Solidarity Is A Verb
Last week I heard a story that was supposed to be good news. Various school districts across the country announced they would sever ties with the police. Let us first take a moment to contemplate where in the annals of batshit crazy ideas does a school/police partnership fall? It must at least rate a solid, “Are you fucking kidding me?” At what point is it ever okay to criminalize children? Because let’s be clear, adding police is adding an entire administrative and institutional layer of criminalization. Why were we not all rioting in the streets to protect our babies? How does society even reach the point where they consider let alone successfully follow through on such a horrific idea? Is white supremacy a drug? Does it not only erase history but your damn whole mind? Inquiring minds are dying to know. I am livid that we slept on this institutionalized child abuse.
We have all seen the stories. Perhaps you were like me thinking they were extreme cases. The high school student who was dragged across the floor by a police officer and the subsequent arrest of the student who recorded it. Or what about the Florida police officer with a history of arresting temper tantrum throwing six-year-olds. Somehow these alarming stories were so outrageous they could only be some sort of anomaly. We would watch a TV journalist get upset, indignant even and the story disappears. A police officer in school? At the ready to arrest students? This is unheard of.
By now it should come as no surprise that over-policing extends to every aspect of Black life including schools.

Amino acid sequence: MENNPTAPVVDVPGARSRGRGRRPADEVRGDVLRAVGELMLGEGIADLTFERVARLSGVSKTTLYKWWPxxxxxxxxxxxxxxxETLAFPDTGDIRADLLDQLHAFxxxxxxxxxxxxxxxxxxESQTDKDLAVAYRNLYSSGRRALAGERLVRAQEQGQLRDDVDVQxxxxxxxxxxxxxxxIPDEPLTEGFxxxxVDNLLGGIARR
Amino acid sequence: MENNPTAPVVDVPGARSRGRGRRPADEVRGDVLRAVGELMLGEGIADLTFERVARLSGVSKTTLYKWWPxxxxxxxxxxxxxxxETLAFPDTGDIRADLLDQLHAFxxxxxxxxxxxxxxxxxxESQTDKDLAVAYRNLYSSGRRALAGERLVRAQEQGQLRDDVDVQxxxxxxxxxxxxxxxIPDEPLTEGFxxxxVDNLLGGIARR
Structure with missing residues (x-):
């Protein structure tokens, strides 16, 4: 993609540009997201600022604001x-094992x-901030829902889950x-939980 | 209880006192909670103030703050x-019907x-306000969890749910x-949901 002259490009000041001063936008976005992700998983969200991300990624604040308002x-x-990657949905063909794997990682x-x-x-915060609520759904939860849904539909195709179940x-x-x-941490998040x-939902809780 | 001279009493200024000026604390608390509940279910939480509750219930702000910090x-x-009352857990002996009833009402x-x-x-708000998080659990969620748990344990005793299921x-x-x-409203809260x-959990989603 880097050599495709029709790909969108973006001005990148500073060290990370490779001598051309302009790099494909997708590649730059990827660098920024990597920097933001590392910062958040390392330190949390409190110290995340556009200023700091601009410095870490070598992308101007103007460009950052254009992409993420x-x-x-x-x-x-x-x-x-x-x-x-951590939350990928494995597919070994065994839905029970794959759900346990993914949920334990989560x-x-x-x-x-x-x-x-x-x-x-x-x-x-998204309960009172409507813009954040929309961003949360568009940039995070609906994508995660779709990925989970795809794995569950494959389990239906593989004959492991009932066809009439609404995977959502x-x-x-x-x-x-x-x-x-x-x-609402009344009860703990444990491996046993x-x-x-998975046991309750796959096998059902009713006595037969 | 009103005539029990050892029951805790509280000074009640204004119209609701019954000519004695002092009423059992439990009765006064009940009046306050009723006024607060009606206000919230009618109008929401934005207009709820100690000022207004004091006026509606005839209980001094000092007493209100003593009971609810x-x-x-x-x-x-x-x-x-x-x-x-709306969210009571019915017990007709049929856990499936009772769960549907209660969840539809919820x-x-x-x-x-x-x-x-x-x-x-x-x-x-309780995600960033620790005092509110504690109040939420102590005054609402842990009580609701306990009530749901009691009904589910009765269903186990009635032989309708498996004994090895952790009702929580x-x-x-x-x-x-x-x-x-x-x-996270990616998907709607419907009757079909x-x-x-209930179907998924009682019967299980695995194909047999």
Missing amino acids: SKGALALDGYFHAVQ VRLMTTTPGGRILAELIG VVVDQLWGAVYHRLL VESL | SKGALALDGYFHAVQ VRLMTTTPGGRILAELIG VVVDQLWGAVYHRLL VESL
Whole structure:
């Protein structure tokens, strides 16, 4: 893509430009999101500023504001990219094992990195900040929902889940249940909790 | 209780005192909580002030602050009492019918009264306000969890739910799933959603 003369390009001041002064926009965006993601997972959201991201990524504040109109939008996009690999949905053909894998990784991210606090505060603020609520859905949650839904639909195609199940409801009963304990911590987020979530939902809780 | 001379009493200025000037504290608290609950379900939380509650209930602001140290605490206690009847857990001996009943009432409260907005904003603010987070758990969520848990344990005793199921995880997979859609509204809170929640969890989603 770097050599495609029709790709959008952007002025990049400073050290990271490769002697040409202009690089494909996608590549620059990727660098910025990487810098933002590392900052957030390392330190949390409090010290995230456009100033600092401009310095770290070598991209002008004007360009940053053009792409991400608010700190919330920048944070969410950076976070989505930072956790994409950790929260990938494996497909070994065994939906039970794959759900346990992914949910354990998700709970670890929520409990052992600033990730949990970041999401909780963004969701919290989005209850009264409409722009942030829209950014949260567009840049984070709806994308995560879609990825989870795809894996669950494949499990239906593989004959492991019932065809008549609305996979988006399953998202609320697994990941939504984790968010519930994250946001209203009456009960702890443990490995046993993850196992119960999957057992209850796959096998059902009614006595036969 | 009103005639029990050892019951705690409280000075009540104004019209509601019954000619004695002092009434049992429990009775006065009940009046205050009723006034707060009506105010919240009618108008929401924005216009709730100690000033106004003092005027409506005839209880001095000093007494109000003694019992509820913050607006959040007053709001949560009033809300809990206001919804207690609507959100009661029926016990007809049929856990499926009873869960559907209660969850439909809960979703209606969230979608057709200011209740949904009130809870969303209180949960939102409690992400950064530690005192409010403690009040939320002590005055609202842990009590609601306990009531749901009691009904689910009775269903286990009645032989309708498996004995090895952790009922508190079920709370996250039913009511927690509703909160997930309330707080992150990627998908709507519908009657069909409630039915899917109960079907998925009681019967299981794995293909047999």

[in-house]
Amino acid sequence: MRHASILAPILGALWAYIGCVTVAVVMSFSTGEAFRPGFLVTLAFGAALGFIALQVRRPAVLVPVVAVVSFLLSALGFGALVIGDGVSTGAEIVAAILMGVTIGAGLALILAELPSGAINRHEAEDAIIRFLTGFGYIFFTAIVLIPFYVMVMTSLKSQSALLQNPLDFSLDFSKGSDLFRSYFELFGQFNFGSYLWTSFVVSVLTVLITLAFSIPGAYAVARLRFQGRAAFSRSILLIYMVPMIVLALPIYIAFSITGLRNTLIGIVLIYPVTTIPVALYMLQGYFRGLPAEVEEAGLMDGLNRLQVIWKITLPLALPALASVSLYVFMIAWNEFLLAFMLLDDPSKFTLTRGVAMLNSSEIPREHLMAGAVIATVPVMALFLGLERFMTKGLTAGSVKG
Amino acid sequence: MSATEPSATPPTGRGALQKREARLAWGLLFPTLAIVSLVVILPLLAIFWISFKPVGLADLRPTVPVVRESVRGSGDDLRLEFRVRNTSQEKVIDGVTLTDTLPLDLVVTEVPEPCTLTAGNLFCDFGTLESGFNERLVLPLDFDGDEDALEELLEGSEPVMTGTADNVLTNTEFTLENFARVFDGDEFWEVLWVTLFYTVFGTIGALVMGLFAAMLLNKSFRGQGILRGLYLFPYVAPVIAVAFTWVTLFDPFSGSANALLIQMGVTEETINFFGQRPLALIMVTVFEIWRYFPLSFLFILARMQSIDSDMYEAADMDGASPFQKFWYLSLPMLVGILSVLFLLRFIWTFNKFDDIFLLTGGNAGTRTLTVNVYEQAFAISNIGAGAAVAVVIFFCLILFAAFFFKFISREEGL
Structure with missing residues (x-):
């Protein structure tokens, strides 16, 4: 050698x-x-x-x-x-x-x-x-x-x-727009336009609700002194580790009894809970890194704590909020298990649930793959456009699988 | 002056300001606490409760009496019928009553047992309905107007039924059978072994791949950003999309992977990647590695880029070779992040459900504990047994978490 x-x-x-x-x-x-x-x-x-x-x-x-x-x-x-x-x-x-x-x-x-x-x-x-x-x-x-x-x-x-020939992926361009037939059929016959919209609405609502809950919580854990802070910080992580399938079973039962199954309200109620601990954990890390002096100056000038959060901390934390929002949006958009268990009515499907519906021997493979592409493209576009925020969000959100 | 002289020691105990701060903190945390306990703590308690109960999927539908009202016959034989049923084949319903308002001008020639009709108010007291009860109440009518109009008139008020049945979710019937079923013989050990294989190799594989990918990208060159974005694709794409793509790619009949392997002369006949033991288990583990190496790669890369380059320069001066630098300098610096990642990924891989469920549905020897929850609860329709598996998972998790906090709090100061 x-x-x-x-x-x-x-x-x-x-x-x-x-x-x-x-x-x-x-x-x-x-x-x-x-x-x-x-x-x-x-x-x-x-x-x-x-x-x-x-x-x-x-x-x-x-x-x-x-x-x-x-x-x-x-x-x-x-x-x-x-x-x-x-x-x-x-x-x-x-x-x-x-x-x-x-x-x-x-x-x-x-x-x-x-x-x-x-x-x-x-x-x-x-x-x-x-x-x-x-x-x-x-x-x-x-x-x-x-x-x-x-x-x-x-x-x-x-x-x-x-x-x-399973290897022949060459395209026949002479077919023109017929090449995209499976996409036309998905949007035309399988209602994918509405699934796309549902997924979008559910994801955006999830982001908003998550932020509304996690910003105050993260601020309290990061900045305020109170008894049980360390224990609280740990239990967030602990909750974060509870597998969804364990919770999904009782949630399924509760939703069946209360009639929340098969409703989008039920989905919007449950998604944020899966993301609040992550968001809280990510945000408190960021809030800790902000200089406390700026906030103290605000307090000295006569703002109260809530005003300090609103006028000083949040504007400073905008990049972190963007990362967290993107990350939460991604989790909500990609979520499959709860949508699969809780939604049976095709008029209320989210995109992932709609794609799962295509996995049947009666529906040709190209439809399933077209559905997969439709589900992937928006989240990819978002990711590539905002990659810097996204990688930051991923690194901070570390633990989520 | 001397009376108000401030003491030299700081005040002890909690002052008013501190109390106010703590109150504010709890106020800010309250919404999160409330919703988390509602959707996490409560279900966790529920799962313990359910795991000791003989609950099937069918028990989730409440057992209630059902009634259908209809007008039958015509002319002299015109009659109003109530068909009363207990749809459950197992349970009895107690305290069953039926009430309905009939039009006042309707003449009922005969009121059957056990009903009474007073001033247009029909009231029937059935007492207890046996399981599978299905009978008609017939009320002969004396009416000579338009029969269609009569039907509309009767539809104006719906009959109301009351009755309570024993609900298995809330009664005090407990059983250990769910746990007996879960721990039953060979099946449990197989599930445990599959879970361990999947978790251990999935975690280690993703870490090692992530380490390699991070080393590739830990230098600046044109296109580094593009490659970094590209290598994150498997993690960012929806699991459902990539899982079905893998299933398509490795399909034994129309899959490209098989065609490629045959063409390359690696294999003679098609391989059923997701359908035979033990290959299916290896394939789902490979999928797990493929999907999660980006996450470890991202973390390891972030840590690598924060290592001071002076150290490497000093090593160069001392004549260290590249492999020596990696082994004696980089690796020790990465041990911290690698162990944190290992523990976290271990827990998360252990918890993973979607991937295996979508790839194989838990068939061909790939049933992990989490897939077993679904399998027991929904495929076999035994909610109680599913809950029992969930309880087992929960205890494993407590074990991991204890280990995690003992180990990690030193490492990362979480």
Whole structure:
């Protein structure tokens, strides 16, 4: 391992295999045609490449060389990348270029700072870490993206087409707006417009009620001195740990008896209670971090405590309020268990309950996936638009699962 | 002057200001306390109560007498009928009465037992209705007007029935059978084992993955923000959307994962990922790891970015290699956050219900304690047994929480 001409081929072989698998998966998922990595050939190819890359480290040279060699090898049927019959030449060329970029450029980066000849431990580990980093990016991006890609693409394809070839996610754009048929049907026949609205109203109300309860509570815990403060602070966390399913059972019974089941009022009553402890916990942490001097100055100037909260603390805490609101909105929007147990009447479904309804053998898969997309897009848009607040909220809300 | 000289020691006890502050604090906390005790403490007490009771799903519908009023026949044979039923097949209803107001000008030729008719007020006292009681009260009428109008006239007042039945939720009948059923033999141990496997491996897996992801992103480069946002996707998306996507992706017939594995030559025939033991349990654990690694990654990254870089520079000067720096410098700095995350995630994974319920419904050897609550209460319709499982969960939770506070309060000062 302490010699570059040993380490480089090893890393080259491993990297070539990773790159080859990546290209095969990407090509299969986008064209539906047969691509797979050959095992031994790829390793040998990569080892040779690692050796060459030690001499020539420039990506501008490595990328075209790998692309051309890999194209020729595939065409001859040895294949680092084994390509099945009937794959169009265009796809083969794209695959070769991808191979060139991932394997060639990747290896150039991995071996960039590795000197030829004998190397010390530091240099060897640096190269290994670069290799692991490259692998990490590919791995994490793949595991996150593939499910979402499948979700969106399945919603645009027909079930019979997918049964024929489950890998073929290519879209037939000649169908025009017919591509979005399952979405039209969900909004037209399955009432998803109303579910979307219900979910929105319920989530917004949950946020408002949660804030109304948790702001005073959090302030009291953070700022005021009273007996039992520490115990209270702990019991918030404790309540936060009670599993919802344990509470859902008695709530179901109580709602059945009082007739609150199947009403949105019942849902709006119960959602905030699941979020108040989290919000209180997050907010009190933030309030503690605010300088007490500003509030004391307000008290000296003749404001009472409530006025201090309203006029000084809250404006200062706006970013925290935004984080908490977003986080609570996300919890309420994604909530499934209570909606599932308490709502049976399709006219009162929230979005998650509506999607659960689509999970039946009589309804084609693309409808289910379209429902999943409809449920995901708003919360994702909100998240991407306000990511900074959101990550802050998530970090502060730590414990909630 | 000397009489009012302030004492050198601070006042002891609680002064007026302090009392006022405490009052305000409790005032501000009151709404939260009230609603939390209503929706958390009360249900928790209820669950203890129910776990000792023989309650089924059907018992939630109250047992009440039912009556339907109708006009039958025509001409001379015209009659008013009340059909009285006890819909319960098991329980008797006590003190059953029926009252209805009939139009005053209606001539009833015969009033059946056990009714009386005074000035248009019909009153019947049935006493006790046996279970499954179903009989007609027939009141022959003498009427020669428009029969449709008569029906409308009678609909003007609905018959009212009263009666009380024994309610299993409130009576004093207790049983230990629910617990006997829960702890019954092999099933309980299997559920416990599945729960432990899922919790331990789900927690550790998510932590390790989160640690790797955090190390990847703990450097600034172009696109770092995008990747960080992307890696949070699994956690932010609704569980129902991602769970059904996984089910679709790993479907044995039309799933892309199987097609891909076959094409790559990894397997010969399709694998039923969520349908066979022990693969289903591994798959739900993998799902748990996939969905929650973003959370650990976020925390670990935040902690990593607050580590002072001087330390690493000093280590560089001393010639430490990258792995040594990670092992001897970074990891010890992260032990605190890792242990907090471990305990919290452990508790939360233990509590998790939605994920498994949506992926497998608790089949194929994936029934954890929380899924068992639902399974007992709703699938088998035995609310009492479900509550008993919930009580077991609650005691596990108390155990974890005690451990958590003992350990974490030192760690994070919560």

Sometimes children behave badly, even terribly. They throw tantrums, scream and cry and roll on the floor. Or they talk back to a teacher. None of this is a reason to bring the weight of the juvenile justice system on the student but that is exactly we do. In the 1990s policymakers crafted a zero-tolerance policy. If you will remember, the late 90s was the height of the inner-city school movie craze. Films such as “Stand and Deliver”, “Dangerous Minds”, and “The Principle” shaped our perception of these schools as lawless and troubled. People were horrified. Many threw up their hands in despair. Inner-city violence was out of control! Along with metal detectors, zero tolerance was part of a set of policies and practices developed in response to that violence. However, instead of addressing the underlying issues of violence like poverty policymakers chose to fight violence with more violence. Zero-tolerance policies were written to deter students from bringing weapons to schools but somehow went on to include possession of unauthorized substances like aspirin, teacher insubordination, and desk graffiti. The policy was inspired by the now-discredited “broken windows” policing theory that small crime leads to more serious crime. Under this policy, a minor crime such as panhandling landed the offender in jail. In schools, minor offenses such as a preschool tantrum or a uniform infraction could lead to suspension or time in a juvenile facility.